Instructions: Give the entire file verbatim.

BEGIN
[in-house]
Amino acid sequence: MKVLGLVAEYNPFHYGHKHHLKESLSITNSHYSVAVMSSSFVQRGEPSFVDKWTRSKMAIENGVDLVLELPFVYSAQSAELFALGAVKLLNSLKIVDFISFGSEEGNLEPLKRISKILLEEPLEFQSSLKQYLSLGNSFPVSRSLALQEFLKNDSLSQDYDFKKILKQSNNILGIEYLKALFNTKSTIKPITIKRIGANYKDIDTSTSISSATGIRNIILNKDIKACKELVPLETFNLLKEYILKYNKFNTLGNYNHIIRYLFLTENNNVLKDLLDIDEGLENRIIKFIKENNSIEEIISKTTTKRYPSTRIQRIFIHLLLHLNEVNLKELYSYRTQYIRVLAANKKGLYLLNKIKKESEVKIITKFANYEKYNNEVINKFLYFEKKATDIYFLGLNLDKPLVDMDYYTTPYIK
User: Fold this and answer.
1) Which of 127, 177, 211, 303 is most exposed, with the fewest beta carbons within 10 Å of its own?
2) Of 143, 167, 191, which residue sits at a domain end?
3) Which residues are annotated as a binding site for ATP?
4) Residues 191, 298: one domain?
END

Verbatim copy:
[in-house]
Amino acid sequence: MKVLGLVAEYNPFHYGHKHHLKESLSITNSHYSVAVMSSSFVQRGEPSFVDKWTRSKMAIENGVDLVLELPFVYSAQSAELFALGAVKLLNSLKIVDFISFGSEEGNLEPLKRISKILLEEPLEFQSSLKQYLSLGNSFPVSRSLALQEFLKNDSLSQDYDFKKILKQSNNILGIEYLKALFNTKSTIKPITIKRIGANYKDIDTSTSISSATGIRNIILNKDIKACKELVPLETFNLLKEYILKYNKFNTLGNYNHIIRYLFLTENNNVLKDLLDIDEGLENRIIKFIKENNSIEEIISKTTTKRYPSTRIQRIFIHLLLHLNEVNLKELYSYRTQYIRVLAANKKGLYLLNKIKKESEVKIITKFANYEKYNNEVINKFLYFEKKATDIYFLGLNLDKPLVDMDYYTTPYIK
User: Fold this and answer.
1) Which of 127, 177, 211, 303 is most exposed, with the fewest beta carbons within 10 Å of its own?
2) Of 143, 167, 191, which residue sits at a domain end?
3) Which residues are annotated as a binding site for ATP?
4) Residues 191, 298: one domain?